If you knew a way to save money while helping a young person clamber over multiple barriers into the job market, would you do it? It sounds like a no brainer!
Québec has been learning how to do it for the last 20 years. Its entreprises d’insertion (“training businesses,” loosely translated) are making it happen for thousands of at-risk youth every year. These social enterprises train and graduate to employment or further training people who can’t get, can’t keep, or have never had a job. The savings in social assistance alone are huge, never mind the other costs you avoid when people realize that they too have something to contribute to society.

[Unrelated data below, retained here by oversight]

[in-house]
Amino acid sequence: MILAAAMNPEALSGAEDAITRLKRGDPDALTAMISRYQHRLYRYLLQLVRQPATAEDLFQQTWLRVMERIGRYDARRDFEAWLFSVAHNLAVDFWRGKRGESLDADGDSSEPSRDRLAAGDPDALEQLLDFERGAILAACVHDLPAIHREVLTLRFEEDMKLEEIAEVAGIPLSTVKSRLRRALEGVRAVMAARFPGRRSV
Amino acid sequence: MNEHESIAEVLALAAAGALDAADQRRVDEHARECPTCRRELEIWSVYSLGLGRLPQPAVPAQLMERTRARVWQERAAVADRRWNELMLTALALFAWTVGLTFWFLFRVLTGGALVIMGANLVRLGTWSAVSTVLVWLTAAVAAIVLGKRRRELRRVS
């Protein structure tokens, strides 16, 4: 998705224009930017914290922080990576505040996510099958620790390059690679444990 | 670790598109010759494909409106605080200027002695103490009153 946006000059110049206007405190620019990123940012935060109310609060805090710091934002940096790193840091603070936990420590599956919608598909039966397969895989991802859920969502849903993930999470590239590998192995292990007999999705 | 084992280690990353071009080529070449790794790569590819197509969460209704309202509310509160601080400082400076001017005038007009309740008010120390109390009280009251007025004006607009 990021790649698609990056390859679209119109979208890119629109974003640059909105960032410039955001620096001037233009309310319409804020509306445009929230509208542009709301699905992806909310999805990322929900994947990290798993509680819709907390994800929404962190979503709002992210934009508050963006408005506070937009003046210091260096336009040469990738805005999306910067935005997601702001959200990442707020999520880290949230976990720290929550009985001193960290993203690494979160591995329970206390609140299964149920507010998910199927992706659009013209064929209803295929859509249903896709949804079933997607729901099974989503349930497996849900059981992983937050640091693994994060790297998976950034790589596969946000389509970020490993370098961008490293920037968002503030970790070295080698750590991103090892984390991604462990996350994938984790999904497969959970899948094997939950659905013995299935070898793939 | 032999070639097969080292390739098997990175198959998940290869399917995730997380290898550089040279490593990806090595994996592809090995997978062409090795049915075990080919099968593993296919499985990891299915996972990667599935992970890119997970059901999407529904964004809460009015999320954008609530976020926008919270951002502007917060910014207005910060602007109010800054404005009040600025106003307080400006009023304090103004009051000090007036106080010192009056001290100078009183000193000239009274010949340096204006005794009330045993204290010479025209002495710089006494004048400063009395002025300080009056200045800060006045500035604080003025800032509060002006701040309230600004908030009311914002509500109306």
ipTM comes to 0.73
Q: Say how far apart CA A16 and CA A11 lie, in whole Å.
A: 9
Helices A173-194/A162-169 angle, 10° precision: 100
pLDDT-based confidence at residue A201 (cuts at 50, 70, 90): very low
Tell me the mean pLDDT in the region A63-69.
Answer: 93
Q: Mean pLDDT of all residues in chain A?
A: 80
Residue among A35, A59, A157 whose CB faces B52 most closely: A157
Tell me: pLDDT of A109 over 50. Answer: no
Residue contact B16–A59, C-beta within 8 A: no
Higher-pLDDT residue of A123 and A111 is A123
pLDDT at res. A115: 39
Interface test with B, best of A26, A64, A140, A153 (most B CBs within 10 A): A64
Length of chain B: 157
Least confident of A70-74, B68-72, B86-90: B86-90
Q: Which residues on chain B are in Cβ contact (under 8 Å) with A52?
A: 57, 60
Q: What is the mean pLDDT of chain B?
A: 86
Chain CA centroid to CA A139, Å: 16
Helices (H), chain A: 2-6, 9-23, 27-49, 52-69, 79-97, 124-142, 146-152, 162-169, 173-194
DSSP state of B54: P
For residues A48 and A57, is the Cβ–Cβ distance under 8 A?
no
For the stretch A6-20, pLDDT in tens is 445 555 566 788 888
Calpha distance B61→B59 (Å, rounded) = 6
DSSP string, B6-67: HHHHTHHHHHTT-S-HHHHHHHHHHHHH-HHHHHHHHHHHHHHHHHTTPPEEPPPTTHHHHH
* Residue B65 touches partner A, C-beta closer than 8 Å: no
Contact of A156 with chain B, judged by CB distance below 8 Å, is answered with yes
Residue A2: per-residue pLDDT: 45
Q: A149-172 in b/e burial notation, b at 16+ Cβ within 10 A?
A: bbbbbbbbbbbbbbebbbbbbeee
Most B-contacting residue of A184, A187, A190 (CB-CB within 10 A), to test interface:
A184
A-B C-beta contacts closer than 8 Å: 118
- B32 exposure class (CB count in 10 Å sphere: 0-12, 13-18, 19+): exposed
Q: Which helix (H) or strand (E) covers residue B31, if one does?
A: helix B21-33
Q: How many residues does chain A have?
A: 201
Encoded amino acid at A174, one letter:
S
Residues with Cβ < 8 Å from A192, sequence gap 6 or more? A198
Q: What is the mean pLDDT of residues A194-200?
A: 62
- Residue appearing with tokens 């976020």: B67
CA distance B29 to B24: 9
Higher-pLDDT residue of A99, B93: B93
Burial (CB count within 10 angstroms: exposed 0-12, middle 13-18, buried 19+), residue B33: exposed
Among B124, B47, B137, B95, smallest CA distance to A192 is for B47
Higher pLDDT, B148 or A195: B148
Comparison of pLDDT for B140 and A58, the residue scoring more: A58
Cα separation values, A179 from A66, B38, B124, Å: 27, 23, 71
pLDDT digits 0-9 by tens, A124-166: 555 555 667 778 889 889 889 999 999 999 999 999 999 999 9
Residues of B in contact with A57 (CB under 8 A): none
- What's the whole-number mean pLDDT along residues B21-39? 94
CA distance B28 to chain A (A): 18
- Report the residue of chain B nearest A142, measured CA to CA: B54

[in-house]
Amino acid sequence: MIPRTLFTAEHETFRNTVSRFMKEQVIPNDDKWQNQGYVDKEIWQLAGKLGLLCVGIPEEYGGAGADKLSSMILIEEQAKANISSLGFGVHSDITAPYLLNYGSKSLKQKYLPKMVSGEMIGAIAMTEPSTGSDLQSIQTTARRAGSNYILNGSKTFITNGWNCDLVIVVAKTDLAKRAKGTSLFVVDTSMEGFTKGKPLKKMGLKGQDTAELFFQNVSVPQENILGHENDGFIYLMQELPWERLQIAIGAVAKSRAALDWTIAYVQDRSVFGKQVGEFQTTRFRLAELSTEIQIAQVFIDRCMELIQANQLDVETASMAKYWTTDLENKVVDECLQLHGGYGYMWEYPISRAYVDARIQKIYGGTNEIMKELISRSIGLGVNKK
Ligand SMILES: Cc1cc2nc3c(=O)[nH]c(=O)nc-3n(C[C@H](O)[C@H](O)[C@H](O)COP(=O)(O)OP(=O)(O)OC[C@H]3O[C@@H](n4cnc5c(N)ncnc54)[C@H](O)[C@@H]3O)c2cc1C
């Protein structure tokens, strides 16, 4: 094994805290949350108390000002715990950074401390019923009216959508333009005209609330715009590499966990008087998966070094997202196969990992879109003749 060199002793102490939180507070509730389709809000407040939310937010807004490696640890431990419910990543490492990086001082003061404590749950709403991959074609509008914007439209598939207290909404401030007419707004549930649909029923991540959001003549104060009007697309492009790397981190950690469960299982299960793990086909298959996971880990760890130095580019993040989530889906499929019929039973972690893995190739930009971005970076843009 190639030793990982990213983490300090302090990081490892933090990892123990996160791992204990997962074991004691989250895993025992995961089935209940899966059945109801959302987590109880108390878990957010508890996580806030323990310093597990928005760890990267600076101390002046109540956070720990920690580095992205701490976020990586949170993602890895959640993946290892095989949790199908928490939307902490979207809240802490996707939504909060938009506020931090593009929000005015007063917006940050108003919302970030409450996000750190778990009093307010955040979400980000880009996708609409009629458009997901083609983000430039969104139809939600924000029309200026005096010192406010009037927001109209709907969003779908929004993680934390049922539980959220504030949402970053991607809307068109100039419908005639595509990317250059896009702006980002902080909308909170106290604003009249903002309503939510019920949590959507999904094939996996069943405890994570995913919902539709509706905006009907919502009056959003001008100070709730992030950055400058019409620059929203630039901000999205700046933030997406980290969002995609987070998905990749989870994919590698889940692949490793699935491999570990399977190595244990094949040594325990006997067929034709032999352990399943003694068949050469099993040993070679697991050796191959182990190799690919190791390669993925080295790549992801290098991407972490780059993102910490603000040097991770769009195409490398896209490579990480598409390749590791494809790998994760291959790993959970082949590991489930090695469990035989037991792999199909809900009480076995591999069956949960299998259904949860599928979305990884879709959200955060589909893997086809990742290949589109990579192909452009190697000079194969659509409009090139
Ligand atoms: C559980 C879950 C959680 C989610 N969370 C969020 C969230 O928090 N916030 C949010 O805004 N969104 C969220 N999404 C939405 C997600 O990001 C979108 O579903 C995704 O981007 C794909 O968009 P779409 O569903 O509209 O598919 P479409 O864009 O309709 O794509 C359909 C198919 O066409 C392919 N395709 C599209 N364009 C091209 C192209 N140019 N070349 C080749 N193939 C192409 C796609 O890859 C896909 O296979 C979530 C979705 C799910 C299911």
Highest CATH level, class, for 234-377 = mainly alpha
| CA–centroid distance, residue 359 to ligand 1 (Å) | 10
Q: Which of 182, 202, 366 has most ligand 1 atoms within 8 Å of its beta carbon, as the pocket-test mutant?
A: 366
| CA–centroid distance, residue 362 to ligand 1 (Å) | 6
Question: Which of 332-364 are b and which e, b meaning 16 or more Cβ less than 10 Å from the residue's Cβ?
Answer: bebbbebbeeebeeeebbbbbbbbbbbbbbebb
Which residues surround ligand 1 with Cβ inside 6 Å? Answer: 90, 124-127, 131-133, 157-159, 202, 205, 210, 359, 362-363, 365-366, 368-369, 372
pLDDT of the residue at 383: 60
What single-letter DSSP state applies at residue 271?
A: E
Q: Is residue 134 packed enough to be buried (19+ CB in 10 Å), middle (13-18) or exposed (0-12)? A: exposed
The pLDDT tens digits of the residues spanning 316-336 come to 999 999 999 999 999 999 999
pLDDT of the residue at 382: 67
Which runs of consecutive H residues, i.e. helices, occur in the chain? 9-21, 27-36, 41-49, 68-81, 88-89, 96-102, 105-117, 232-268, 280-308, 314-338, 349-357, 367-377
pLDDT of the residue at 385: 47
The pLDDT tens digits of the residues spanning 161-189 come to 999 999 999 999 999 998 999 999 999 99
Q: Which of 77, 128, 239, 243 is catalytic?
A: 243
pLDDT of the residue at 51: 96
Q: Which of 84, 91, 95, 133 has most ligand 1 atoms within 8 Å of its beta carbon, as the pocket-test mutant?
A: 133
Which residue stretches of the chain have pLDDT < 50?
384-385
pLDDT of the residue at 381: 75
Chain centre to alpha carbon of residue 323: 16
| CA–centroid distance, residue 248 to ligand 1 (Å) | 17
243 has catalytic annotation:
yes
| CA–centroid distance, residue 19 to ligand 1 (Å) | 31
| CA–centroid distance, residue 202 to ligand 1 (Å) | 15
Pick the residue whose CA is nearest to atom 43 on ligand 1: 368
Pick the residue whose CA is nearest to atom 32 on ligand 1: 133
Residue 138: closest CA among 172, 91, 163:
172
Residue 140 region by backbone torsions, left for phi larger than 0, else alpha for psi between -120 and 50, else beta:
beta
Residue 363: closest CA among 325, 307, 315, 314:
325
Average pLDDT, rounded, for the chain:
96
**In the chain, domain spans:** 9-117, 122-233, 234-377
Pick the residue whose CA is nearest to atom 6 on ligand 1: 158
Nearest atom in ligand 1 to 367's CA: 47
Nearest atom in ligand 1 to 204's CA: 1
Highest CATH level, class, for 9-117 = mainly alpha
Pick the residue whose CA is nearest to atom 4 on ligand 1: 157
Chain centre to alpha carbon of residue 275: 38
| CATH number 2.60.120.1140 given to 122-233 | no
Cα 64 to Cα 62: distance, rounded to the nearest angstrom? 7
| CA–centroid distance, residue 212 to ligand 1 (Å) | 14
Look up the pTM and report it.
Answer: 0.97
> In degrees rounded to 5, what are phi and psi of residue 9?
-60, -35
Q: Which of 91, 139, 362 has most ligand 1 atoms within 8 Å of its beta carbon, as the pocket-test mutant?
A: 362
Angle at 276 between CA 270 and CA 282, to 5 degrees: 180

Although they started with little but guts and feathers, this training business network has not grown up entirely on its own steam, mind you. A sophisticated and systematic policy and program support structure within Québec’s government has been of central importance to the expansion.
Yet as far as I know not one other provincial jurisdiction in Canada has tried to replicate Québec’s system. Duh! Seriously, we have a problem here, and it is not because a lot of us Anglophones get giddy at the sight of something written in French. With all the talk of “best practices” that’s been pedaled lately, you would think that someone would crack their Larousse and find out how Québec does it.
Well, you can skip that step now, folks…